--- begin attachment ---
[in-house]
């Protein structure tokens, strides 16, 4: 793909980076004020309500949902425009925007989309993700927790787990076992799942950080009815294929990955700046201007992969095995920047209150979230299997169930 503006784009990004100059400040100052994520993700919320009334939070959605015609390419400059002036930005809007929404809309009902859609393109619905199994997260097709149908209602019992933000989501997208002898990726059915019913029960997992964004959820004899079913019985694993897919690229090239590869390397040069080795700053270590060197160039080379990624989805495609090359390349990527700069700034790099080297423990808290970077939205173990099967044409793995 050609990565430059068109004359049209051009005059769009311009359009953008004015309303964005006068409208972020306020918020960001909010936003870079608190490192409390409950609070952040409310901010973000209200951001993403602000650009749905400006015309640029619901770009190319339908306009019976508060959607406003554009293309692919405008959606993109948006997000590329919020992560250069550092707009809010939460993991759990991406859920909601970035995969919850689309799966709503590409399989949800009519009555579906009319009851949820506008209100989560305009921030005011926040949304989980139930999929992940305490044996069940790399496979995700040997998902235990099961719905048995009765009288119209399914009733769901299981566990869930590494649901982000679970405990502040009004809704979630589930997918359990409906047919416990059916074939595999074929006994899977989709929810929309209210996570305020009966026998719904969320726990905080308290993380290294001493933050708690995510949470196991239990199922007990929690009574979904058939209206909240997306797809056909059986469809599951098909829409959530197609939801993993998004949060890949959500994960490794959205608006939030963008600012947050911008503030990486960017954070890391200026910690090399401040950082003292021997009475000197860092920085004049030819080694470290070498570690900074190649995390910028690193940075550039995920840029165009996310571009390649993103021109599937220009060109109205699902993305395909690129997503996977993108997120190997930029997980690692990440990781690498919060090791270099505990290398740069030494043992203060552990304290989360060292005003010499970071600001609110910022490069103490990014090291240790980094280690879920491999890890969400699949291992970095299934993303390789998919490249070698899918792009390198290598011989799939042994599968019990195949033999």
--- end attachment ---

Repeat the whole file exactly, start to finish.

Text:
[in-house]
């Protein structure tokens, strides 16, 4: 793909980076004020309500949902425009925007989309993700927790787990076992799942950080009815294929990955700046201007992969095995920047209150979230299997169930 503006784009990004100059400040100052994520993700919320009334939070959605015609390419400059002036930005809007929404809309009902859609393109619905199994997260097709149908209602019992933000989501997208002898990726059915019913029960997992964004959820004899079913019985694993897919690229090239590869390397040069080795700053270590060197160039080379990624989805495609090359390349990527700069700034790099080297423990808290970077939205173990099967044409793995 050609990565430059068109004359049209051009005059769009311009359009953008004015309303964005006068409208972020306020918020960001909010936003870079608190490192409390409950609070952040409310901010973000209200951001993403602000650009749905400006015309640029619901770009190319339908306009019976508060959607406003554009293309692919405008959606993109948006997000590329919020992560250069550092707009809010939460993991759990991406859920909601970035995969919850689309799966709503590409399989949800009519009555579906009319009851949820506008209100989560305009921030005011926040949304989980139930999929992940305490044996069940790399496979995700040997998902235990099961719905048995009765009288119209399914009733769901299981566990869930590494649901982000679970405990502040009004809704979630589930997918359990409906047919416990059916074939595999074929006994899977989709929810929309209210996570305020009966026998719904969320726990905080308290993380290294001493933050708690995510949470196991239990199922007990929690009574979904058939209206909240997306797809056909059986469809599951098909829409959530197609939801993993998004949060890949959500994960490794959205608006939030963008600012947050911008503030990486960017954070890391200026910690090399401040950082003292021997009475000197860092920085004049030819080694470290070498570690900074190649995390910028690193940075550039995920840029165009996310571009390649993103021109599937220009060109109205699902993305395909690129997503996977993108997120190997930029997980690692990440990781690498919060090791270099505990290398740069030494043992203060552990304290989360060292005003010499970071600001609110910022490069103490990014090291240790980094280690879920491999890890969400699949291992970095299934993303390789998919490249070698899918792009390198290598011989799939042994599968019990195949033999």